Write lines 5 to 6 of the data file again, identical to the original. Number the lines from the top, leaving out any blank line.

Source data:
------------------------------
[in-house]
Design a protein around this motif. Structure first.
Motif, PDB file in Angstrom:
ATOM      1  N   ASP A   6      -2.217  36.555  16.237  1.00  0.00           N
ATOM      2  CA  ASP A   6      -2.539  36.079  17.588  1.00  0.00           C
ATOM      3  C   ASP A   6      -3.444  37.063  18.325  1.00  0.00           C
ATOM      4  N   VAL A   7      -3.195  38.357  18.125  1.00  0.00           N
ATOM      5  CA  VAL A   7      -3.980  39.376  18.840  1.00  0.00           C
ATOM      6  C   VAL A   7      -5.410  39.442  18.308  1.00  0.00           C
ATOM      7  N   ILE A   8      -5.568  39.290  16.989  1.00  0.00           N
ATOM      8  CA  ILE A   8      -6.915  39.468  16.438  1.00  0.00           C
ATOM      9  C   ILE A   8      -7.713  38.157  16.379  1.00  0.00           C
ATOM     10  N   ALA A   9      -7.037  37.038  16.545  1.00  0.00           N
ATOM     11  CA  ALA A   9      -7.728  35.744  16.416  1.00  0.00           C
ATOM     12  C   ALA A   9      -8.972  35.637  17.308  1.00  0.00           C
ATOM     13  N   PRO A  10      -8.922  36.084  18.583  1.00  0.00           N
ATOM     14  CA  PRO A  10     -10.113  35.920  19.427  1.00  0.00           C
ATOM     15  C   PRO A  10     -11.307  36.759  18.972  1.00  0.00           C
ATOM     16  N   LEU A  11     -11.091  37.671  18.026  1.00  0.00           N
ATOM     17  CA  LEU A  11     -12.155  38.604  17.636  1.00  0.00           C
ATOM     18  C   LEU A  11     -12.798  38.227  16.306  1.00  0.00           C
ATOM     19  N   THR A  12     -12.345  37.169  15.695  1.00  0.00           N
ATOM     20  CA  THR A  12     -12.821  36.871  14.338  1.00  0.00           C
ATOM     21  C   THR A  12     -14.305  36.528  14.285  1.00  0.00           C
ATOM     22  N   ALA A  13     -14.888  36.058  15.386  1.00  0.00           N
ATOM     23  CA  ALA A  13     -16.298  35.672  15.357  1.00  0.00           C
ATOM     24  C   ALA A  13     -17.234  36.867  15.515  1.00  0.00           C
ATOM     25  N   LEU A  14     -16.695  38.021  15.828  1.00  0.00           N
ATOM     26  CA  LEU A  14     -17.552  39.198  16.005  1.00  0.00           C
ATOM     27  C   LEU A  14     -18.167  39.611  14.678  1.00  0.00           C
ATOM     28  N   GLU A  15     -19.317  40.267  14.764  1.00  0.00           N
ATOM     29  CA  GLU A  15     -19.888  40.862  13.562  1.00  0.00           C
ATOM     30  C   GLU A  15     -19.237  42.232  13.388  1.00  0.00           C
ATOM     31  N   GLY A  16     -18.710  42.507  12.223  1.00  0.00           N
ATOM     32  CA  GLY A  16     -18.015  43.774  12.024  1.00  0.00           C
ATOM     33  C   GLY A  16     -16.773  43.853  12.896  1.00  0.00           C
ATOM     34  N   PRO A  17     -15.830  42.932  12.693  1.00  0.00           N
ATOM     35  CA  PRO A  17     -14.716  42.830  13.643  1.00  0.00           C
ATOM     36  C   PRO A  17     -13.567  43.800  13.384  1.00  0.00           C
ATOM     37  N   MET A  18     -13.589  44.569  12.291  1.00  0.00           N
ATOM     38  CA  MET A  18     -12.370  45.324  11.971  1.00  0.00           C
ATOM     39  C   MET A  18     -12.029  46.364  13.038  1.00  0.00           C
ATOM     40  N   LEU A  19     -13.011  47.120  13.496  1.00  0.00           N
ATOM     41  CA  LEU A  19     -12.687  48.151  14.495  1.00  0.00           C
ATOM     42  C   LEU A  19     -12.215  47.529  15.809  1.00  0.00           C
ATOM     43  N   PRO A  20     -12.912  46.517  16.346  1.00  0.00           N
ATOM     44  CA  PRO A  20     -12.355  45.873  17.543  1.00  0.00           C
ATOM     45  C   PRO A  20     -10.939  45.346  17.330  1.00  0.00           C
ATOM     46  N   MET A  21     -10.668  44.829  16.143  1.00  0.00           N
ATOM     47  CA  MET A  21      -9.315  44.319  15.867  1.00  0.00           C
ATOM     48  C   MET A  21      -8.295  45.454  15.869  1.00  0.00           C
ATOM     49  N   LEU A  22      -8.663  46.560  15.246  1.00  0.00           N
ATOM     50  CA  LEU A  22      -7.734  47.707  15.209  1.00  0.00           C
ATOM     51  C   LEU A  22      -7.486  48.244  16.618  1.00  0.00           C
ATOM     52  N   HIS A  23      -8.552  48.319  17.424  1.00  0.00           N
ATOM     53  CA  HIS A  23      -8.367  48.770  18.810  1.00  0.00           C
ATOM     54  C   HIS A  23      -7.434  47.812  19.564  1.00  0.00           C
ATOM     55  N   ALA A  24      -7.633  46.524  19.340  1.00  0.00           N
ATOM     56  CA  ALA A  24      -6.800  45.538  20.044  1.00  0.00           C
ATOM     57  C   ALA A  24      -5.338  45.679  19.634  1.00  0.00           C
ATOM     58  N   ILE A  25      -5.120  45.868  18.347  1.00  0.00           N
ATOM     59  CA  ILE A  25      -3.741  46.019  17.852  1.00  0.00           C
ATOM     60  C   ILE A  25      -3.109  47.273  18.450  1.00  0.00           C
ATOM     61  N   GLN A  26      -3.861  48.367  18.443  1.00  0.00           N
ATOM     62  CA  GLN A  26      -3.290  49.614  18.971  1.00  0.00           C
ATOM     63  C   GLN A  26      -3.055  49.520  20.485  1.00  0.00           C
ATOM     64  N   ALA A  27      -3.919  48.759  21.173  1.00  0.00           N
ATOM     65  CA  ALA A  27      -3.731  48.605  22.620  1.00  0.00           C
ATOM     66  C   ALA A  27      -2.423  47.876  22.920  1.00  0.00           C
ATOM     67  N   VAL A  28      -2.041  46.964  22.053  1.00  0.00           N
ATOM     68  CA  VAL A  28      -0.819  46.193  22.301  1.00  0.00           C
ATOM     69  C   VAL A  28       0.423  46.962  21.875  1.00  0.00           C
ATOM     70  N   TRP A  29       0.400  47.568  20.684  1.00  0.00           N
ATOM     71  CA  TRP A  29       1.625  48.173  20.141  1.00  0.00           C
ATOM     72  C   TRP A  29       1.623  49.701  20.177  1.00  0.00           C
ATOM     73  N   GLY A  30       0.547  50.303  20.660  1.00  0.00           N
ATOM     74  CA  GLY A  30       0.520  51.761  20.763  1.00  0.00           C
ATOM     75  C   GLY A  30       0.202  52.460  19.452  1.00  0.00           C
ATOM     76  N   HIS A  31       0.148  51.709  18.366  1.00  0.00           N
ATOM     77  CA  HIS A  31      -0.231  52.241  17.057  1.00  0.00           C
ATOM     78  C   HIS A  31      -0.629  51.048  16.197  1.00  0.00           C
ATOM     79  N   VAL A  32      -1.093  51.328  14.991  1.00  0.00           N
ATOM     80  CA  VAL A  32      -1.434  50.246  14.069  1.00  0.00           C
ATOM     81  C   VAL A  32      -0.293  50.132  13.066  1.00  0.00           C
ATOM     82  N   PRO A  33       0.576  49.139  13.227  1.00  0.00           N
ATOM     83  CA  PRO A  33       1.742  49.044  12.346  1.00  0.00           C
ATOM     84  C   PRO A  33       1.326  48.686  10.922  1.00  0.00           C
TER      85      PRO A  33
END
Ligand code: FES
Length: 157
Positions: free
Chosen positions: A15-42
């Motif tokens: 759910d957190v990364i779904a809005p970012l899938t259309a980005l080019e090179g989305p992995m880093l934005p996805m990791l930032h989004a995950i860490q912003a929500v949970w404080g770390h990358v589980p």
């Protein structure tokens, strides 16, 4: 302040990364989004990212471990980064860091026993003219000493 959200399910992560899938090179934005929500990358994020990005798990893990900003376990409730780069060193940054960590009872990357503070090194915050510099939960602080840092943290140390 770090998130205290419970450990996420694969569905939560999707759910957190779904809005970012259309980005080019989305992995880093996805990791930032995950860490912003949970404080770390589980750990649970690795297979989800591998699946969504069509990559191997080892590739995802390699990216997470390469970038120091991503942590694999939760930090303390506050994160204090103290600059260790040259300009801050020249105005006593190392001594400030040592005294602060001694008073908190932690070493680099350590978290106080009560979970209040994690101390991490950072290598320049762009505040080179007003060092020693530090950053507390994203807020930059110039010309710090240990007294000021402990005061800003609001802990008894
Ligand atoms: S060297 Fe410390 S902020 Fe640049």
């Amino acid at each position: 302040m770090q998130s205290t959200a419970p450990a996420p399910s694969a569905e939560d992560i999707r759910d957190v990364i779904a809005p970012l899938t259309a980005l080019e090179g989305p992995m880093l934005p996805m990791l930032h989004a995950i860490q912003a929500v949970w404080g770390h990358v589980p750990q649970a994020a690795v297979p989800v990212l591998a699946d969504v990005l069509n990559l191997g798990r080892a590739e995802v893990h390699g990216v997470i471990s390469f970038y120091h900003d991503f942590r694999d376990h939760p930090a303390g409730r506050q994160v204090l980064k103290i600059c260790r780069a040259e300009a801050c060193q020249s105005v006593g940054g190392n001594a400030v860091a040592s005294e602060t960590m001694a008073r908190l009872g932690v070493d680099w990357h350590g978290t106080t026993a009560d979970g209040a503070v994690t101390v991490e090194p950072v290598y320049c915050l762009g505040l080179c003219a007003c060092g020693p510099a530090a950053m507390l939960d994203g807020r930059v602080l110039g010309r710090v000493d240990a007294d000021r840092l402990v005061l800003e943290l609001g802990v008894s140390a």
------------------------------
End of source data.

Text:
ATOM      2  CA  ASP A   6      -2.539  36.079  17.588  1.00  0.00           C
ATOM      3  C   ASP A   6      -3.444  37.063  18.325  1.00  0.00           C